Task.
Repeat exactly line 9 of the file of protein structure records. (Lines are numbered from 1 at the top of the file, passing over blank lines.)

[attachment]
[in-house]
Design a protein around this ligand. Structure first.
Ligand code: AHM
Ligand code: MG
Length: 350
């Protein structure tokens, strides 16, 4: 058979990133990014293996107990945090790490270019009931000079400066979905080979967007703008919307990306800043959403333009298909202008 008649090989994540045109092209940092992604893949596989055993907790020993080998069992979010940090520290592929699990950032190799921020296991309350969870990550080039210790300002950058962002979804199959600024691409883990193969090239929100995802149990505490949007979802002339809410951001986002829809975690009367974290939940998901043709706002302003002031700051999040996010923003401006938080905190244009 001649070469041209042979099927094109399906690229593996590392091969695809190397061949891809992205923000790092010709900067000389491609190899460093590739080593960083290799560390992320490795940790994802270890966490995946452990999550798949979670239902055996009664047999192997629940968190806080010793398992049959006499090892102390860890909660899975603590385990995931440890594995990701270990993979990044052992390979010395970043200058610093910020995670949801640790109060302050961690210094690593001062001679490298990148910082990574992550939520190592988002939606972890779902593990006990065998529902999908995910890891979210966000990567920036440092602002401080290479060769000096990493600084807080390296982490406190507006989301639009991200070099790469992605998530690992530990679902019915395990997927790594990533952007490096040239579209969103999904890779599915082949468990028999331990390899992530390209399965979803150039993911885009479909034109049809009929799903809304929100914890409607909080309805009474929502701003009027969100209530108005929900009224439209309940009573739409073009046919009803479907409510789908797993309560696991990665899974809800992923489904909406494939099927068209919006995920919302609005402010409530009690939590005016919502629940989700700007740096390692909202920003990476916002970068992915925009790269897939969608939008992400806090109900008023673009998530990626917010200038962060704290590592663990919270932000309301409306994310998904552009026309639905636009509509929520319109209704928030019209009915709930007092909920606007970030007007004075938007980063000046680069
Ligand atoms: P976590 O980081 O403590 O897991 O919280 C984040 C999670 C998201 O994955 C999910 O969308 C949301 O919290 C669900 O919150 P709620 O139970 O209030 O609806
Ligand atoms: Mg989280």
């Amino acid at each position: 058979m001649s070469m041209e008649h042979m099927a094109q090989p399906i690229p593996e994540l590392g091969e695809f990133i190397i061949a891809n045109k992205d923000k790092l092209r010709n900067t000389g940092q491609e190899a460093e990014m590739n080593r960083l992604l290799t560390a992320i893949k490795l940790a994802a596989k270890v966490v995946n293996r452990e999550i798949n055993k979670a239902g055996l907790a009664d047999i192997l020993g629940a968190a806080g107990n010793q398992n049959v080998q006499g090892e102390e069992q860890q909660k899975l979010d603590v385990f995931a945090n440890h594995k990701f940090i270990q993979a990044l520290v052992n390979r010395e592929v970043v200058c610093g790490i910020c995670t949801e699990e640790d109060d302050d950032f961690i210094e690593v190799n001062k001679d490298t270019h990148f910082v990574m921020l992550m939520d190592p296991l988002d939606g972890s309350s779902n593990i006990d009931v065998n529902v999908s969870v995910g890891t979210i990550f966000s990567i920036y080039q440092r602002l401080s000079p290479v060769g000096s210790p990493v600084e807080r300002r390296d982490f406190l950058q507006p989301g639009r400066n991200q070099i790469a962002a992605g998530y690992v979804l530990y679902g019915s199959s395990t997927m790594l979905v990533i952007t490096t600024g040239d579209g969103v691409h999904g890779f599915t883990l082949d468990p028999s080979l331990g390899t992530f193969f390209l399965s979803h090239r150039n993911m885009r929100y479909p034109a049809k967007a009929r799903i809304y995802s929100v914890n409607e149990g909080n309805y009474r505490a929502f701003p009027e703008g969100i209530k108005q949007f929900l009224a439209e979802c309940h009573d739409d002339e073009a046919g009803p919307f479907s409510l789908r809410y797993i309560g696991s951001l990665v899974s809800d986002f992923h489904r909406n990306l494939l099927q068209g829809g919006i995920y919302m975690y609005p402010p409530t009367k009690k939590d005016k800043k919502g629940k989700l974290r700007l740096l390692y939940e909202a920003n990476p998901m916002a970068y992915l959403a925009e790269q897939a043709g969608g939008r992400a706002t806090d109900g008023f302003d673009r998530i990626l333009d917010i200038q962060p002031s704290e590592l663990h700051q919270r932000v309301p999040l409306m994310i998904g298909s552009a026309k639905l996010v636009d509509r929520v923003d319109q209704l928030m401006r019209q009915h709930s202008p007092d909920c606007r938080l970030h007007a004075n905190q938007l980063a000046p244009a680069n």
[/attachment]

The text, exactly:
């Amino acid at each position: 058979m001649s070469m041209e008649h042979m099927a094109q090989p399906i690229p593996e994540l590392g091969e695809f990133i190397i061949a891809n045109k992205d923000k790092l092209r010709n900067t000389g940092q491609e190899a460093e990014m590739n080593r960083l992604l290799t560390a992320i893949k490795l940790a994802a596989k270890v966490v995946n293996r452990e999550i798949n055993k979670a239902g055996l907790a009664d047999i192997l020993g629940a968190a806080g107990n010793q398992n049959v080998q006499g090892e102390e069992q860890q909660k899975l979010d603590v385990f995931a945090n440890h594995k990701f940090i270990q993979a990044l520290v052992n390979r010395e592929v970043v200058c610093g790490i910020c995670t949801e699990e640790d109060d302050d950032f961690i210094e690593v190799n001062k001679d490298t270019h990148f910082v990574m921020l992550m939520d190592p296991l988002d939606g972890s309350s779902n593990i006990d009931v065998n529902v999908s969870v995910g890891t979210i990550f966000s990567i920036y080039q440092r602002l401080s000079p290479v060769g000096s210790p990493v600084e807080r300002r390296d982490f406190l950058q507006p989301g639009r400066n991200q070099i790469a962002a992605g998530y690992v979804l530990y679902g019915s199959s395990t997927m790594l979905v990533i952007t490096t600024g040239d579209g969103v691409h999904g890779f599915t883990l082949d468990p028999s080979l331990g390899t992530f193969f390209l399965s979803h090239r150039n993911m885009r929100y479909p034109a049809k967007a009929r799903i809304y995802s929100v914890n409607e149990g909080n309805y009474r505490a929502f701003p009027e703008g969100i209530k108005q949007f929900l009224a439209e979802c309940h009573d739409d002339e073009a046919g009803p919307f479907s409510l789908r809410y797993i309560g696991s951001l990665v899974s809800d986002f992923h489904r909406n990306l494939l099927q068209g829809g919006i995920y919302m975690y609005p402010p409530t009367k009690k939590d005016k800043k919502g629940k989700l974290r700007l740096l390692y939940e909202a920003n990476p998901m916002a970068y992915l959403a925009e790269q897939a043709g969608g939008r992400a706002t806090d109900g008023f302003d673009r998530i990626l333009d917010i200038q962060p002031s704290e590592l663990h700051q919270r932000v309301p999040l409306m994310i998904g298909s552009a026309k639905l996010v636009d509509r929520v923003d319109q209704l928030m401006r019209q009915h709930s202008p007092d909920c606007r938080l970030h007007a004075n905190q938007l980063a000046p244009a680069n």